GOP debate proves the party can't win the general election

The all too familiar lines of fiery candidates' speeches are designed to instill fervent patriotism, and for many – they seem to do just that. With Chris Christie declaring that children are terrified everywhere, Rand Paul announcing his fellow candidates could cause World War III and Jeb Bush cleverly touting Donald Trump as the chaos candidate – the contestants, err, candidates, were ready to make America great again. Yet, the Republicans have such a hate-filled rhetoric that the battle they must wage is to tout the United States of America as the greatest country in the world, while declaring her broken, weak, near extinction and decimated by terrorists.

The latest GOP debate took such a hardened tone on national security and immigration, and the interconnection of the two that I was left with a hopeless feeling that, by aiming for more national security — or maybe less national security — I was an un-American dunce who is causing the destruction of the United States of America.

Republican presidential candidates Donald Trump (L) and Jeb Bush (R) respond to each other as U.S. Sen. Ted Cruz (R-TX) listens during the CNN debate on Dec. 15, 2015 in Las Vegas.
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Republican presidential candidates Donald Trump (L) and Jeb Bush (R) respond to each other as U.S. Sen. Ted Cruz (R-TX) listens during the CNN debate on Dec. 15, 2015 in Las Vegas.

Unfortunately, crowd-pleasing and vitriolic language, particularly against immigrants, continued to be popular at the Republican debate. I am a first generation Cuban-American, son of a former Cuban political prisoner. Castro jailed my father for his pro-democratic beliefs and vocal support of the individual freedoms of every person. Yet, according to the leading Republican candidates for president – my father would not only have been unwelcome, but a likely threat to national security. My existence as an American would be null. I would never have been elected the first Latino legislator in Nassau County, New York; I would never have written dozens of laws protecting women from domestic abuse or children from sexual predators and the scourge of heroin. In short, I would never have lived the great "American Dream."

As Trump began his opening remarks, I half expected him to apologize for his outrageous, racist comments earlier in the week, but as the field showed various degrees of racism (though none so bold as The Donald), I wondered if they were pandering or do they truly believe that Mexican's will rape and Muslims will kill?

It has long been the belief that, in order to win the primary, the candidates for the Republican party need to be hawkish on immigration. To show any sympathy for illegal immigrants or refugees was considered weak and against the wishes of their base. However, Pew Research from June 2015 has noted that 56 percent of Republican voters believe in a pathway to citizenship.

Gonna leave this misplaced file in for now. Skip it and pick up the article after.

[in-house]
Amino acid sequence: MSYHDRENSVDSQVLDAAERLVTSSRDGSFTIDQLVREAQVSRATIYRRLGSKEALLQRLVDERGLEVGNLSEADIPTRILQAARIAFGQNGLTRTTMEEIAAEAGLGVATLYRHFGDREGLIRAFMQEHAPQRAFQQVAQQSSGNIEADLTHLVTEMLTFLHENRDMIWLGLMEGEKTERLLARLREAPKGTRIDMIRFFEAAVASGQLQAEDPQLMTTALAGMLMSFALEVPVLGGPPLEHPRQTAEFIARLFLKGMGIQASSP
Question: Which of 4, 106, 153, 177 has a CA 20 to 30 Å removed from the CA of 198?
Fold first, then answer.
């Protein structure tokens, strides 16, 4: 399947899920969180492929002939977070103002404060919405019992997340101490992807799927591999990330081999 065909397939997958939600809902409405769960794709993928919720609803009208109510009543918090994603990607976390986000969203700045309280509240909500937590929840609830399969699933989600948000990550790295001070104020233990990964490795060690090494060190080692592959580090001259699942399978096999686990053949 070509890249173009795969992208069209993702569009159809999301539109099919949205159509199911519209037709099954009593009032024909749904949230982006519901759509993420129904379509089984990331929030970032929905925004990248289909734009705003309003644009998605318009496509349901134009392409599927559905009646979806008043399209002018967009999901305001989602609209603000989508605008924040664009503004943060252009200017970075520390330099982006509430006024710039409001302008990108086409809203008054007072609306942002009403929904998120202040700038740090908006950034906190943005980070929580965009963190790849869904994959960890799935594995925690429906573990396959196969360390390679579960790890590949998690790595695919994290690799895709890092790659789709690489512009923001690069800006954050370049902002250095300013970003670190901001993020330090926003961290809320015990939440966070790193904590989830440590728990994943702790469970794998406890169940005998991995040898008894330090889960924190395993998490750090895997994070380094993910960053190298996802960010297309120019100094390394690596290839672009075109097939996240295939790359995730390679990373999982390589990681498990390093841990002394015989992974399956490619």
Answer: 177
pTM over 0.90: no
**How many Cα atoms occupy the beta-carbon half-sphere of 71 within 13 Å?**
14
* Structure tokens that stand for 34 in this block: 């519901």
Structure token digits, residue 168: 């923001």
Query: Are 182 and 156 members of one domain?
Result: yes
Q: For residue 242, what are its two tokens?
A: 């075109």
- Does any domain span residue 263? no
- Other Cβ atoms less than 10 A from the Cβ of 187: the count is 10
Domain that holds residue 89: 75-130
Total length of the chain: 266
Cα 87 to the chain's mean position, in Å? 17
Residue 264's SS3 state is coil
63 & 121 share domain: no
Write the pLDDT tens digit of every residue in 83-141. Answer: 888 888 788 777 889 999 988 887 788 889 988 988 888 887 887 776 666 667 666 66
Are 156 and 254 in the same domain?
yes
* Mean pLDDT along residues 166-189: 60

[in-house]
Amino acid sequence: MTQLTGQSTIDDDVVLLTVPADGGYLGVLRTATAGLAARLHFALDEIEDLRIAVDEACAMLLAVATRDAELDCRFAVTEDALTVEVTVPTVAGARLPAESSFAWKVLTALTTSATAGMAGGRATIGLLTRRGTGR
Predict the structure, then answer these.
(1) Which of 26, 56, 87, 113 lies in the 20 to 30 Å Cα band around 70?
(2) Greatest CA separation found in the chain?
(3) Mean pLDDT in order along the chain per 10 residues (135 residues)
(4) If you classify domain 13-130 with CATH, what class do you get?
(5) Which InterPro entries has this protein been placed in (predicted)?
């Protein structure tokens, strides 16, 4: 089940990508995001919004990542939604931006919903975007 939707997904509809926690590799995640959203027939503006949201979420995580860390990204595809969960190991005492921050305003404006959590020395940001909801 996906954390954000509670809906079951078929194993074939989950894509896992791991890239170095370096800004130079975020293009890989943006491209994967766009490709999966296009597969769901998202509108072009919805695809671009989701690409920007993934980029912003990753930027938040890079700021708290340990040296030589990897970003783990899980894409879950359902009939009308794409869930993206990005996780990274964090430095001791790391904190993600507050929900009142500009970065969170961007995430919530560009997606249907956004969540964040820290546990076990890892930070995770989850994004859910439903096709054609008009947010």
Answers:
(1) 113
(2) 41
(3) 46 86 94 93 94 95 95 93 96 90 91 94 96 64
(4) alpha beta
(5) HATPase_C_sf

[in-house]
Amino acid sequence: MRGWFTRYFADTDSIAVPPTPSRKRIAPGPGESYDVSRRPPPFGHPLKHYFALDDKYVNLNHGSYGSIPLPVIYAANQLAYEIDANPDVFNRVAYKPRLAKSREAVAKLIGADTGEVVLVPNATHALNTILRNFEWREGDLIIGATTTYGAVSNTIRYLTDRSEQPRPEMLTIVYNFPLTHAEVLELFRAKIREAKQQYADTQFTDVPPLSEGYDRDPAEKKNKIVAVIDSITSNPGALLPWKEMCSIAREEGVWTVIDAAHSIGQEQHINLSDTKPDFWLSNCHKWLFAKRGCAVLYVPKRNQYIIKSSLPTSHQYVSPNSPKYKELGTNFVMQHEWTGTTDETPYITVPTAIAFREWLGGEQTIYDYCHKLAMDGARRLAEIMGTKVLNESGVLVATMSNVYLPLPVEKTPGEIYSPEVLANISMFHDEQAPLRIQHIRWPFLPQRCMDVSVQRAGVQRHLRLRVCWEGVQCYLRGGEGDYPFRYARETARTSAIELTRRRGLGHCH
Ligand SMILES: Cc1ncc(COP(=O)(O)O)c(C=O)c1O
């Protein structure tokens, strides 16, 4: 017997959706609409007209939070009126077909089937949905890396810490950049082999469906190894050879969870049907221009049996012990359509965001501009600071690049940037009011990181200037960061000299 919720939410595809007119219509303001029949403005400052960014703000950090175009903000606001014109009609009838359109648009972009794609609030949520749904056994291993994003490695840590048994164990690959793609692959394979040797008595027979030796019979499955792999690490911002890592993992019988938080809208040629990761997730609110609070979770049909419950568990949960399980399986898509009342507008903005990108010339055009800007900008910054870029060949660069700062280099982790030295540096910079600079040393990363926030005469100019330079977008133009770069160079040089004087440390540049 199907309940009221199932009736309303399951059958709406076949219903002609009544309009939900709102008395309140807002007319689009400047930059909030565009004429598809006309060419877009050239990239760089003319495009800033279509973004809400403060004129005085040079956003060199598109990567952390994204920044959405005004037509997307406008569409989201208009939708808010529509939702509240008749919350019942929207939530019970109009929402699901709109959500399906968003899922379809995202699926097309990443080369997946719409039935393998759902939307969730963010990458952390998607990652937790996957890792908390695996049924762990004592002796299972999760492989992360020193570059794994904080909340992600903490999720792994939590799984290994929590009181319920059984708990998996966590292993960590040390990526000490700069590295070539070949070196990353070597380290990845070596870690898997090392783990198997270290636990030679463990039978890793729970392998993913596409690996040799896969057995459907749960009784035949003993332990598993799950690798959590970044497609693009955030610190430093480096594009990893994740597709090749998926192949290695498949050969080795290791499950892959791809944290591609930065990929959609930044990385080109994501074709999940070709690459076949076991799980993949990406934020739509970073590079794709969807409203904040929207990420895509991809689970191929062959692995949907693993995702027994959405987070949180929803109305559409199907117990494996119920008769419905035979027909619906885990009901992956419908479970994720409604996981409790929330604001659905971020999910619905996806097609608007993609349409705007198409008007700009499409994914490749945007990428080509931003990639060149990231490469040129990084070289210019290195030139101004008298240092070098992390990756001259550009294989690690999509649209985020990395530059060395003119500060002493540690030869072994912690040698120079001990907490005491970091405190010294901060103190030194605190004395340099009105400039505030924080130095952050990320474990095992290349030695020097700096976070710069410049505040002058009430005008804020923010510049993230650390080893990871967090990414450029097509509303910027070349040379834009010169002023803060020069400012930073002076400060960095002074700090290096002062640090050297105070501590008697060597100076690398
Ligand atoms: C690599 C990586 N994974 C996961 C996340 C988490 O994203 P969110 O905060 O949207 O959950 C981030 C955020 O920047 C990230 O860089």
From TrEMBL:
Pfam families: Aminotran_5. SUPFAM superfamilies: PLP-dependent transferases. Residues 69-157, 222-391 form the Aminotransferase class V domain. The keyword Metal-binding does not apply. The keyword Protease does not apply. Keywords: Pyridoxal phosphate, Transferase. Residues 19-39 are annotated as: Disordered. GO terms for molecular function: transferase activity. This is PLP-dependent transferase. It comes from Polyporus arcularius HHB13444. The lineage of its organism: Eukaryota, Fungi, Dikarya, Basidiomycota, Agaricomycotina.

We should have an amnesty policy that allows working, law-abiding aliens and opportunity to have a better life and commit to America. As of 2005, Pew Hispanic Center had noted that undocumented immigrants totaled more than 11 million. These people deserve a chance to live, work, serve in our military, and compete in the American dream. If someone has broken or breaks the law during the process they will be denied.

Where the candidates see a potential threat, I see a future legislator, inventor, engineer, teacher, American.

The only candidate who left any room to pivot come the general election was Jeb Bush. However, his sincerity in his beliefs could cost him the nomination because he is not playing to the angry base. The Dems are salivating because as it stands now – no Republican nominee will appeal to the general electorate.

We live in a country where the current political climate accuses the president of the United States of not being American enough. This is the oddity of the GOP primary election when Ted Cruz was born in Canada and of Cuban descent and neither of Trump's wives would have been welcomed to the U.S. under his policies. What would any of our sentiments towards this great nation be if we were denied citizenship based on the assumption that where we came from wasn't good enough, Christian enough, or white enough to be a part of the American dream?

And so, I think we need to understand what truly defines an American. We cannot be defined by the politics or disparity of our place of birth, the color of our skin, or our religious beliefs. It is the all-consuming acceptance and understanding that America is a place of opportunity and hope, competition and friendship, successes and sometimes failure – but always having the opportunity to rise from the ashes. We must welcome the "poor, tired, huddled masses."

The debate has proven what we already know to be true. The Republican base is an angry electorate. Outsiders like Trump and Cruz, dominate the polls and the pulpit – because they are the candidates that can speak the most to that anger. The irony, of course, is that we are all the sons and daughters of immigrants. The sadness we feel after turning off our TVs is that we realize how quickly everyone pulled the ladder up from behind them.

Commentary by David Mejias, a Long Island attorney specializing in family and divorce law. In 2003, Dave Mejias became the first Latino elected to the Nassau County Legislature, where he served from 2004 to 2010. He currently serves as the Chairman of the Long Island Hispanic Bar Foundation, the charitable branch of the Long Island Hispanic Bar Association where he has previously served as President. He is a managing partner at Mejias, Milgrim & Alvarado where he has practiced law for 18 years. Follow him on Twitter @davemejias.